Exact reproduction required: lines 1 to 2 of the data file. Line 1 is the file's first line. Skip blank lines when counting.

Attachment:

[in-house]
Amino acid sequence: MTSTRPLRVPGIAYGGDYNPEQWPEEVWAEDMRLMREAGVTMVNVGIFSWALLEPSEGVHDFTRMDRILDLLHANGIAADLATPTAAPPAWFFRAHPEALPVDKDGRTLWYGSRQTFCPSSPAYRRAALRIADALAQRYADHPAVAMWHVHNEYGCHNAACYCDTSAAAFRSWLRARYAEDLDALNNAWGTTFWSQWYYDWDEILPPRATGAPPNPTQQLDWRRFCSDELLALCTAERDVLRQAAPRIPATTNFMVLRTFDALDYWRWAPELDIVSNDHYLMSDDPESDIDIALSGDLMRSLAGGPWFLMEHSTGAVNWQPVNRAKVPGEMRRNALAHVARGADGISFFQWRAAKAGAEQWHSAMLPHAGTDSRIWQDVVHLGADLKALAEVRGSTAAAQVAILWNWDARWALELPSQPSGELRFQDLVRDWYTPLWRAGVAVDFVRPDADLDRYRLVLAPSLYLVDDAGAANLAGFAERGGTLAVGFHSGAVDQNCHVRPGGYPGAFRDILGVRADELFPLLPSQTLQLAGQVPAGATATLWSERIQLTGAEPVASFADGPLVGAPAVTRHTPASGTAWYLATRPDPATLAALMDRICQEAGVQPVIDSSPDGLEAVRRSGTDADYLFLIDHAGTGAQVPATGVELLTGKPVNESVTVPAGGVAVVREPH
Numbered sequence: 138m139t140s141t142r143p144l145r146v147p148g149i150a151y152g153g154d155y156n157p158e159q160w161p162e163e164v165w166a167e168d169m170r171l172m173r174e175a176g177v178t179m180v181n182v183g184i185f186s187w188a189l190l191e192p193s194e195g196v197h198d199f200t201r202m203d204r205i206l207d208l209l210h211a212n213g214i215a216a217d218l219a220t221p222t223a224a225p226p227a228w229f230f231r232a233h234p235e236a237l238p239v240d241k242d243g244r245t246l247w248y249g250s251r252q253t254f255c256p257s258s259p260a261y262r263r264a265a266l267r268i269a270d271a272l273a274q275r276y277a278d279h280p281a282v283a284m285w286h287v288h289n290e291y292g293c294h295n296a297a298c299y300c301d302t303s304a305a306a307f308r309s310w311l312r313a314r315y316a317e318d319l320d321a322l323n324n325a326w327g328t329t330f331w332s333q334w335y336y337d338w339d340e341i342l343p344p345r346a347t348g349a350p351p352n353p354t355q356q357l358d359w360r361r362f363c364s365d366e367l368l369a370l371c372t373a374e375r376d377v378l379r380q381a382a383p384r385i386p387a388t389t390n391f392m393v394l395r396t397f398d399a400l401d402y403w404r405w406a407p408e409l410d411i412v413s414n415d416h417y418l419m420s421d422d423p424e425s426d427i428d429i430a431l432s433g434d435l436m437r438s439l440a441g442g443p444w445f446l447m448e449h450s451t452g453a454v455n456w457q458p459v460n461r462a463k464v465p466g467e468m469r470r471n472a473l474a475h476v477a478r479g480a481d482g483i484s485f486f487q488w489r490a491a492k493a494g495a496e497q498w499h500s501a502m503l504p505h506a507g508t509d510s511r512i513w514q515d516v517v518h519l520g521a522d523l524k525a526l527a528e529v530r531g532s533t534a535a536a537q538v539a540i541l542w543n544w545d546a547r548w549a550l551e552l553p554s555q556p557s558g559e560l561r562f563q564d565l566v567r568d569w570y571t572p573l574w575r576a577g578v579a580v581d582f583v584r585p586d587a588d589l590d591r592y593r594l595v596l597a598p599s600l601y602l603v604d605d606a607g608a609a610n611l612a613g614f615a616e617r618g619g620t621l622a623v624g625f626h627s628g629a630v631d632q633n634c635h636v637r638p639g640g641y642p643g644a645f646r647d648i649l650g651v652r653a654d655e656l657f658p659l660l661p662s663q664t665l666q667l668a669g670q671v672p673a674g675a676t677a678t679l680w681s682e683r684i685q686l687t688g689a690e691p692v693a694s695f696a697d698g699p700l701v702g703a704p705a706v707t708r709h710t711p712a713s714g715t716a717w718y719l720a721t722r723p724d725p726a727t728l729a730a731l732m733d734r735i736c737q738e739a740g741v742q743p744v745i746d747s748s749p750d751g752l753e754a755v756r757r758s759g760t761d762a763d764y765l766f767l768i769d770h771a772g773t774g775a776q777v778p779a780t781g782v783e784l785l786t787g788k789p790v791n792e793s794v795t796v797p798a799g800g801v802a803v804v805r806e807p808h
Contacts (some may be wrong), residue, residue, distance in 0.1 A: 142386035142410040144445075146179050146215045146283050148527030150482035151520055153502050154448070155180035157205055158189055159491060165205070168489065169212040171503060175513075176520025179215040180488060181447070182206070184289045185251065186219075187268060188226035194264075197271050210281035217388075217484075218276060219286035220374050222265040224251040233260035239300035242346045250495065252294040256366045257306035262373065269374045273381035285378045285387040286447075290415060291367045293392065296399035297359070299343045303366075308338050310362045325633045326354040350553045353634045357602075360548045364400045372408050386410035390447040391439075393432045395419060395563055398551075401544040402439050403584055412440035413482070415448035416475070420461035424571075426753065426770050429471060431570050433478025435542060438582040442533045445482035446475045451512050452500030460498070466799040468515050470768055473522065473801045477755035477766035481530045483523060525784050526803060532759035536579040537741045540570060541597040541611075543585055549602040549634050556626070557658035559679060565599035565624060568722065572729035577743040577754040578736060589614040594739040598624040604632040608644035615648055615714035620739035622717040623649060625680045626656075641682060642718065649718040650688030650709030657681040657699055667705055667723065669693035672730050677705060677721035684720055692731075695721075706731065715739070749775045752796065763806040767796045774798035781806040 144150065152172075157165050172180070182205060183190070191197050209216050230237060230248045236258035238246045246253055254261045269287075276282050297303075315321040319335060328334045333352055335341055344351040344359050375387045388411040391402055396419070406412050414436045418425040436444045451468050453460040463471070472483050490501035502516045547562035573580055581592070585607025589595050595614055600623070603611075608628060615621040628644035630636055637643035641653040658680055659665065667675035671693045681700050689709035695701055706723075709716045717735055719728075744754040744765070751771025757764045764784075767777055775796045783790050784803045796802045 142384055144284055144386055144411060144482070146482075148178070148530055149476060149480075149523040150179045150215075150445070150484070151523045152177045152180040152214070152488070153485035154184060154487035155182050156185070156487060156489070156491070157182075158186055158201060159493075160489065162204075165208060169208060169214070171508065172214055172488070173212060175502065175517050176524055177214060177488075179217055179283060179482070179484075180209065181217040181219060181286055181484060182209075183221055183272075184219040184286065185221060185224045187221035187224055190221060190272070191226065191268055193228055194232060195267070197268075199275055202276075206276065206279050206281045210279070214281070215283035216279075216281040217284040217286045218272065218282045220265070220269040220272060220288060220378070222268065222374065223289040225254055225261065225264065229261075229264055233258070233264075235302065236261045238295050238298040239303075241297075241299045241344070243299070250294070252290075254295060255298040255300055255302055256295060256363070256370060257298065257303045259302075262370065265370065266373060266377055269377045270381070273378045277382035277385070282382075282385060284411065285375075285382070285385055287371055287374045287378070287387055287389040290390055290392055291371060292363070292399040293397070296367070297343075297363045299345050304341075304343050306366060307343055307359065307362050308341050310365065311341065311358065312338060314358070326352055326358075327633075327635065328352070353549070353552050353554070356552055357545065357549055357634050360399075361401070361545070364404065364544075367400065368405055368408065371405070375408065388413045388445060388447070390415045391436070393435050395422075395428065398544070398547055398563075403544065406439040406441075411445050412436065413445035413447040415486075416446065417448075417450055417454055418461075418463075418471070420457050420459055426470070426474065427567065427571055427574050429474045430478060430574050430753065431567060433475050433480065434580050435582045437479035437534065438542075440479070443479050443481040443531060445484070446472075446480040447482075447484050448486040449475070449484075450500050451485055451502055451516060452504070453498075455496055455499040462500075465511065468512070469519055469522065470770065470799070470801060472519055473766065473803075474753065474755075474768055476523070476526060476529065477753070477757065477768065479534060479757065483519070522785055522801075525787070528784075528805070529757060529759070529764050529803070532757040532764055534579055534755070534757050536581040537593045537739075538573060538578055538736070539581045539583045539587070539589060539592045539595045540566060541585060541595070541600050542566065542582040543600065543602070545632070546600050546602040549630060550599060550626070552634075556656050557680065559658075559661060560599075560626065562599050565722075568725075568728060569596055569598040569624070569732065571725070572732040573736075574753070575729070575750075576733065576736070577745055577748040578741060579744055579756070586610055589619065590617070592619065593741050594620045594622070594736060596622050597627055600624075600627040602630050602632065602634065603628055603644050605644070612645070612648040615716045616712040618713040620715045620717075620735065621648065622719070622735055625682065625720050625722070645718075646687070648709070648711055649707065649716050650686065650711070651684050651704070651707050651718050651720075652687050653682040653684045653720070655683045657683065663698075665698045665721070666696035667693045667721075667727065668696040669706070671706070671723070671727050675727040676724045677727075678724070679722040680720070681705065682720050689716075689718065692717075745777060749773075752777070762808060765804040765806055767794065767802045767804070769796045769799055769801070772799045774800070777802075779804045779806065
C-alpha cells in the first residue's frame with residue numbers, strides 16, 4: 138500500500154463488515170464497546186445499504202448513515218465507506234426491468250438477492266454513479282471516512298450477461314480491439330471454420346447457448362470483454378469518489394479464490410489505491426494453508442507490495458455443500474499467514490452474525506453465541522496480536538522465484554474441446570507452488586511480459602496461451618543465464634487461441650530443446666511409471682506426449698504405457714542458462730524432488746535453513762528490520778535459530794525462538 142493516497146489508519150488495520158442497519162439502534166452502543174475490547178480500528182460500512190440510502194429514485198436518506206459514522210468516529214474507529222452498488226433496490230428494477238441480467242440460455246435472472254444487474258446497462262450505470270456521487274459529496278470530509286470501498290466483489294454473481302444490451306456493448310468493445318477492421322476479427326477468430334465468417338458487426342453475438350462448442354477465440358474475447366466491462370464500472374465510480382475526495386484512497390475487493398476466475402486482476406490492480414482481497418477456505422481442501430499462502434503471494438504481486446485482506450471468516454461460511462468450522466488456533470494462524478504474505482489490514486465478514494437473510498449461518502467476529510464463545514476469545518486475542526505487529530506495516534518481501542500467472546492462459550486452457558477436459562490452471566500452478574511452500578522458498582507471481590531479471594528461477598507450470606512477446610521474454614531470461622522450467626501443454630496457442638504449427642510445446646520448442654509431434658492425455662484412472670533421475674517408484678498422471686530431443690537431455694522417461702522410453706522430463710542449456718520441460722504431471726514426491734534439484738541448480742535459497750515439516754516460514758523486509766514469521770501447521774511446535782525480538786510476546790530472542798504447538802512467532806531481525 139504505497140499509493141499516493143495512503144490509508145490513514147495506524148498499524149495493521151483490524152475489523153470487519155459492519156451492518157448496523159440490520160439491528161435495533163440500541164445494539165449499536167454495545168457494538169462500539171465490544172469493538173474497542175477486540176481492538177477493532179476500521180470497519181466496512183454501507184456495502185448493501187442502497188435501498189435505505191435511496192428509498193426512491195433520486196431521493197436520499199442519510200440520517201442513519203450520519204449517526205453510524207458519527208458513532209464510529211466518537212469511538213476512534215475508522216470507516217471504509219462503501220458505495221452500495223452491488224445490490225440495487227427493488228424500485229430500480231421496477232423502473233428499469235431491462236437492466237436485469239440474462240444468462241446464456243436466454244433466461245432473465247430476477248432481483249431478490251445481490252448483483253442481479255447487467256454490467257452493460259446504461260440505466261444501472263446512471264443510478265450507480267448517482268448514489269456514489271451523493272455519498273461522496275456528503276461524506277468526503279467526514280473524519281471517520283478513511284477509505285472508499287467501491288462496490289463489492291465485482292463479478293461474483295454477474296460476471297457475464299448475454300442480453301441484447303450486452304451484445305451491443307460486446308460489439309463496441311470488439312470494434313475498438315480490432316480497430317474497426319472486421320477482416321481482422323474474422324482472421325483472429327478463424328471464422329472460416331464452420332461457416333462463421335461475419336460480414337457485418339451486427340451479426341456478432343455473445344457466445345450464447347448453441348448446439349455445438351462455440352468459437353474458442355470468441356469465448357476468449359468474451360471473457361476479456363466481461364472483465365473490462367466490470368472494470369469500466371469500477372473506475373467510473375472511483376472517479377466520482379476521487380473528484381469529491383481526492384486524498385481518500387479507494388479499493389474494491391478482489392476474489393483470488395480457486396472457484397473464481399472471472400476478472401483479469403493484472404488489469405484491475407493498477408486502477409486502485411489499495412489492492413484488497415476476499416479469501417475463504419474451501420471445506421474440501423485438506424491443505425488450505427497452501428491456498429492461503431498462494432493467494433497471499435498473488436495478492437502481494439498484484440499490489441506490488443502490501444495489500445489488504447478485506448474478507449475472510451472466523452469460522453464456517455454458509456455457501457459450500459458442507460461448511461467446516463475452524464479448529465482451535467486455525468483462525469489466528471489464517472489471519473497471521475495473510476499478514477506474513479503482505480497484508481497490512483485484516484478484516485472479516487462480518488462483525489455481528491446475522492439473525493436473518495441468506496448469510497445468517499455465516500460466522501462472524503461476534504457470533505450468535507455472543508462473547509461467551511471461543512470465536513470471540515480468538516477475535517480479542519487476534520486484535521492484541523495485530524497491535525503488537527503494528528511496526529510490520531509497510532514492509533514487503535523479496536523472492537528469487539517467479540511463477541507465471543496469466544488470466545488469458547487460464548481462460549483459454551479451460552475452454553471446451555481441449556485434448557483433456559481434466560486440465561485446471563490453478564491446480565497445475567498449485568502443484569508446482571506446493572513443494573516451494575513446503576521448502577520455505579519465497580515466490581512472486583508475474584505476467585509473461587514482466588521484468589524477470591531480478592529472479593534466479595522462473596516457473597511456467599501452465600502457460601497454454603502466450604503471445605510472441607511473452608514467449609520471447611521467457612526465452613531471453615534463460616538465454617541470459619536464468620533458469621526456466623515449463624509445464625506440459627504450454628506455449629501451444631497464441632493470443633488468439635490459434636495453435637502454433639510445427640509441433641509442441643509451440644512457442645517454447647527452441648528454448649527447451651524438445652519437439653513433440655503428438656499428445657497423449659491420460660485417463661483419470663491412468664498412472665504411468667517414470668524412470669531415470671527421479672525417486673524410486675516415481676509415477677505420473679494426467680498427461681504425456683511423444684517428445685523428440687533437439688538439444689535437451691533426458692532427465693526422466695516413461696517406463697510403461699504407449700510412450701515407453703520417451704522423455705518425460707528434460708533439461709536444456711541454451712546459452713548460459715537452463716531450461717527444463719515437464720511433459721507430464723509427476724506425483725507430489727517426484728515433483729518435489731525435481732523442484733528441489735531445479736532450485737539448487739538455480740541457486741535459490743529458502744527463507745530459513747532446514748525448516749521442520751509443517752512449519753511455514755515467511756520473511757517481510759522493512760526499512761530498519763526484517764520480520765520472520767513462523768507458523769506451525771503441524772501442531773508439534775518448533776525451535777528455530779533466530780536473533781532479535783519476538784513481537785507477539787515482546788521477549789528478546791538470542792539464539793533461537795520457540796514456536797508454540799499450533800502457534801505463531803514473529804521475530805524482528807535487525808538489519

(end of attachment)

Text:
[in-house]
Amino acid sequence: MTSTRPLRVPGIAYGGDYNPEQWPEEVWAEDMRLMREAGVTMVNVGIFSWALLEPSEGVHDFTRMDRILDLLHANGIAADLATPTAAPPAWFFRAHPEALPVDKDGRTLWYGSRQTFCPSSPAYRRAALRIADALAQRYADHPAVAMWHVHNEYGCHNAACYCDTSAAAFRSWLRARYAEDLDALNNAWGTTFWSQWYYDWDEILPPRATGAPPNPTQQLDWRRFCSDELLALCTAERDVLRQAAPRIPATTNFMVLRTFDALDYWRWAPELDIVSNDHYLMSDDPESDIDIALSGDLMRSLAGGPWFLMEHSTGAVNWQPVNRAKVPGEMRRNALAHVARGADGISFFQWRAAKAGAEQWHSAMLPHAGTDSRIWQDVVHLGADLKALAEVRGSTAAAQVAILWNWDARWALELPSQPSGELRFQDLVRDWYTPLWRAGVAVDFVRPDADLDRYRLVLAPSLYLVDDAGAANLAGFAERGGTLAVGFHSGAVDQNCHVRPGGYPGAFRDILGVRADELFPLLPSQTLQLAGQVPAGATATLWSERIQLTGAEPVASFADGPLVGAPAVTRHTPASGTAWYLATRPDPATLAALMDRICQEAGVQPVIDSSPDGLEAVRRSGTDADYLFLIDHAGTGAQVPATGVELLTGKPVNESVTVPAGGVAVVREPH